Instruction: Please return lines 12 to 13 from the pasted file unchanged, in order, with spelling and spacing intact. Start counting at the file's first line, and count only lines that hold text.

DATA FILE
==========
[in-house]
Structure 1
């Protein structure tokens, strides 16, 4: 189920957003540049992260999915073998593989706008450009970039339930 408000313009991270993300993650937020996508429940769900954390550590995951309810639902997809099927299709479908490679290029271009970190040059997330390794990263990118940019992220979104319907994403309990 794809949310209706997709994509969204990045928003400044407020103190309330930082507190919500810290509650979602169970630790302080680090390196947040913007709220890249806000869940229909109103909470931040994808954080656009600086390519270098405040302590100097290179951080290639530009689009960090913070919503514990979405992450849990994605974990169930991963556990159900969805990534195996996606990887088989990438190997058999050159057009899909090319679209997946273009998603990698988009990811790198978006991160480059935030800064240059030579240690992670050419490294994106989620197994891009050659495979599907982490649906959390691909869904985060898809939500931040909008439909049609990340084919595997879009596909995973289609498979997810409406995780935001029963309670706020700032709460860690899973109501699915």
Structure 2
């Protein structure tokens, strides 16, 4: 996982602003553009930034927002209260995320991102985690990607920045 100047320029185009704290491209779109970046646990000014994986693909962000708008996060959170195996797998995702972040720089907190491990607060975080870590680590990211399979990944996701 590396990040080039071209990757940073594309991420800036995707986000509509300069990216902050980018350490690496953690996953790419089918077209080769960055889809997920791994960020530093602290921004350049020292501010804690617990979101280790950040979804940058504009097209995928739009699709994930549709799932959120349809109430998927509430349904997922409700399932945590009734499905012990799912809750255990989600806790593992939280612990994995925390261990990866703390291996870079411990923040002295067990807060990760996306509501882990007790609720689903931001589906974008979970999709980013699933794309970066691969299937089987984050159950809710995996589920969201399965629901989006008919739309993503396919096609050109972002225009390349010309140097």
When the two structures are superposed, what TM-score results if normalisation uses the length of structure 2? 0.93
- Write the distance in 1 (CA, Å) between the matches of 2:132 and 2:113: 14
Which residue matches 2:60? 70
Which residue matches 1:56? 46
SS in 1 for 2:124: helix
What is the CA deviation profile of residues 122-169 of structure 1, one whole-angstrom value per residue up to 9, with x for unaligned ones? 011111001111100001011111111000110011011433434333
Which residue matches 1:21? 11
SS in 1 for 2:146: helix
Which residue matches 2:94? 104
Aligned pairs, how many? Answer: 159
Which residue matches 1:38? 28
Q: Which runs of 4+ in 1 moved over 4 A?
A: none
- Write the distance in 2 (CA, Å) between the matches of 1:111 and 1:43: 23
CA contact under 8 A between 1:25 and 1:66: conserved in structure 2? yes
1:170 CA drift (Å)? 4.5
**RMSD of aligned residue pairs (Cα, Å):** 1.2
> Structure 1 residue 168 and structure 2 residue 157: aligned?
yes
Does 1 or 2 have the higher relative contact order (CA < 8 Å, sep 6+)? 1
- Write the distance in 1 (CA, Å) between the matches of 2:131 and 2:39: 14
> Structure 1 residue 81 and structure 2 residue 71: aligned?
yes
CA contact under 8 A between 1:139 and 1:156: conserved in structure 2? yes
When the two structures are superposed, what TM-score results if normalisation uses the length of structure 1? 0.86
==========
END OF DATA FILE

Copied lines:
Which residue matches 1:21? 11
SS in 1 for 2:146: helix